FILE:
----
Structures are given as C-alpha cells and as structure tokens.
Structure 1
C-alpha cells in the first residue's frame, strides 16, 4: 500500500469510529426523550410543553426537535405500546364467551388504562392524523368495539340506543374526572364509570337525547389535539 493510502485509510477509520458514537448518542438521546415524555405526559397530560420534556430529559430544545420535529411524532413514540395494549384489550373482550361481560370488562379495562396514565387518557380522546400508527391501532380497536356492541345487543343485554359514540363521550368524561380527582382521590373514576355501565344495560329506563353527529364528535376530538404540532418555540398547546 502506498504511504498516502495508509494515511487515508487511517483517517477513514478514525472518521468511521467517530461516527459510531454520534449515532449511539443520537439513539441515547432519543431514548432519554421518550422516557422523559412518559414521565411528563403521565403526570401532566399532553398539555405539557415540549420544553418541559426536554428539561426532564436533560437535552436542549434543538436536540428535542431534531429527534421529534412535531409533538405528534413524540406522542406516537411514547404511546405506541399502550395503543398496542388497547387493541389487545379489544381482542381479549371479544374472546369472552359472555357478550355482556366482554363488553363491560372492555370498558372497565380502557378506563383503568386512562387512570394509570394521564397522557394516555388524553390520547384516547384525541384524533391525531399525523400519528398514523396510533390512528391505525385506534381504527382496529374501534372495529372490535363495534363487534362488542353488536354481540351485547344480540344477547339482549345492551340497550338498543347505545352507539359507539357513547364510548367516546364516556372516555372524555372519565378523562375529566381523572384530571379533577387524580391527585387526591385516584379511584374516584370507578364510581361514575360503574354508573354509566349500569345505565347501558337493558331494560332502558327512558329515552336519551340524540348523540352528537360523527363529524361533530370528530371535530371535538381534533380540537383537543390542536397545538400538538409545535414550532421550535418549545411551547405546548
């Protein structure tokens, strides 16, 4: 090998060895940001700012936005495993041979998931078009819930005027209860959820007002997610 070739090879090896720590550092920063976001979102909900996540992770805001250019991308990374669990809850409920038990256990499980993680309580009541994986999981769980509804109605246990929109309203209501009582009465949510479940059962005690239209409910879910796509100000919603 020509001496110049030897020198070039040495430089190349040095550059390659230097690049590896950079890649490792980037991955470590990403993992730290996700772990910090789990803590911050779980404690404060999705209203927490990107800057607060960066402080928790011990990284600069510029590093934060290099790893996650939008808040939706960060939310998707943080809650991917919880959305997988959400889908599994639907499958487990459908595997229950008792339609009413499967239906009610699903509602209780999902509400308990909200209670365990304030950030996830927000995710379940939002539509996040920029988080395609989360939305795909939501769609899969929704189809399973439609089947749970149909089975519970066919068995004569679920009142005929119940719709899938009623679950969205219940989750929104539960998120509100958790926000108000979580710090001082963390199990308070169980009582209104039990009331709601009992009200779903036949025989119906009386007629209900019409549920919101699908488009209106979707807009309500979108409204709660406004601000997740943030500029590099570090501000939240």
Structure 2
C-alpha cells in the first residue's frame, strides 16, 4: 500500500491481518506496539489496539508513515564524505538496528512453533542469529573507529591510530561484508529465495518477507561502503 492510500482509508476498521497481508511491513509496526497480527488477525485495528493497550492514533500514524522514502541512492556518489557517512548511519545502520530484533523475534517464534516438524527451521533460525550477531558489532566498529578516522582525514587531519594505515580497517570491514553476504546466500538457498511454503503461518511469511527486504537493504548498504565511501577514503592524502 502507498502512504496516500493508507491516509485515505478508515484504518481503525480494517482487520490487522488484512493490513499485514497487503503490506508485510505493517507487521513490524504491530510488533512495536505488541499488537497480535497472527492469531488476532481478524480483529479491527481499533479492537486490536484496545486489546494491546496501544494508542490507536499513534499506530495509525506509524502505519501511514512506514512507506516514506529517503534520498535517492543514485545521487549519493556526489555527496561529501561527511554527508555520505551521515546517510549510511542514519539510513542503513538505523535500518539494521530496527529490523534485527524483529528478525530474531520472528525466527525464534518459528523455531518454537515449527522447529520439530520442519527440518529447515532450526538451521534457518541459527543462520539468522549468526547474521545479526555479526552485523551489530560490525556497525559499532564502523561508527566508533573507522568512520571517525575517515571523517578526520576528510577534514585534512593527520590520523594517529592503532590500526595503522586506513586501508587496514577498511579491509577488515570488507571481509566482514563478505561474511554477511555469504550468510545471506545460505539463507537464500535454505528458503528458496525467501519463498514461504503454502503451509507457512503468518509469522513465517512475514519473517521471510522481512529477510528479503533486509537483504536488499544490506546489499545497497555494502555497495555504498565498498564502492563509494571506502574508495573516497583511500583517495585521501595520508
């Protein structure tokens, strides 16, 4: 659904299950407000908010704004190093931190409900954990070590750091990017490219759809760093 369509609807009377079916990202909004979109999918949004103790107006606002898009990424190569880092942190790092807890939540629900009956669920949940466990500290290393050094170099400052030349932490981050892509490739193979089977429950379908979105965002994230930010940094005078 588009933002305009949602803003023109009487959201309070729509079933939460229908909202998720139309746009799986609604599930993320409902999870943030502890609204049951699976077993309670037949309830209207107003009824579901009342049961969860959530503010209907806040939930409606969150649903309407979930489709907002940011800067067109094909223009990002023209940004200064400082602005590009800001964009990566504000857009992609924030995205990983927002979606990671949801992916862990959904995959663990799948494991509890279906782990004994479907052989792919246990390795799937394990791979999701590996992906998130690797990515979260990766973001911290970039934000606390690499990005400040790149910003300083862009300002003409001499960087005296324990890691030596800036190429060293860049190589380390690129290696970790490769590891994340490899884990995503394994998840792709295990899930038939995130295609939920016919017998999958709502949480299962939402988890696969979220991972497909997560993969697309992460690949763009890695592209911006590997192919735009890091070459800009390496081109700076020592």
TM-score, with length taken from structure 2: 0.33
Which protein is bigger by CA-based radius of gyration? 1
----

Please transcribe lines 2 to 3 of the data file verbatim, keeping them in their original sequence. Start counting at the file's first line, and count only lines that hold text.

Structure 1
C-alpha cells in the first residue's frame, strides 16, 4: 500500500469510529426523550410543553426537535405500546364467551388504562392524523368495539340506543374526572364509570337525547389535539 493510502485509510477509520458514537448518542438521546415524555405526559397530560420534556430529559430544545420535529411524532413514540395494549384489550373482550361481560370488562379495562396514565387518557380522546400508527391501532380497536356492541345487543343485554359514540363521550368524561380527582382521590373514576355501565344495560329506563353527529364528535376530538404540532418555540398547546 502506498504511504498516502495508509494515511487515508487511517483517517477513514478514525472518521468511521467517530461516527459510531454520534449515532449511539443520537439513539441515547432519543431514548432519554421518550422516557422523559412518559414521565411528563403521565403526570401532566399532553398539555405539557415540549420544553418541559426536554428539561426532564436533560437535552436542549434543538436536540428535542431534531429527534421529534412535531409533538405528534413524540406522542406516537411514547404511546405506541399502550395503543398496542388497547387493541389487545379489544381482542381479549371479544374472546369472552359472555357478550355482556366482554363488553363491560372492555370498558372497565380502557378506563383503568386512562387512570394509570394521564397522557394516555388524553390520547384516547384525541384524533391525531399525523400519528398514523396510533390512528391505525385506534381504527382496529374501534372495529372490535363495534363487534362488542353488536354481540351485547344480540344477547339482549345492551340497550338498543347505545352507539359507539357513547364510548367516546364516556372516555372524555372519565378523562375529566381523572384530571379533577387524580391527585387526591385516584379511584374516584370507578364510581361514575360503574354508573354509566349500569345505565347501558337493558331494560332502558327512558329515552336519551340524540348523540352528537360523527363529524361533530370528530371535530371535538381534533380540537383537543390542536397545538400538538409545535414550532421550535418549545411551547405546548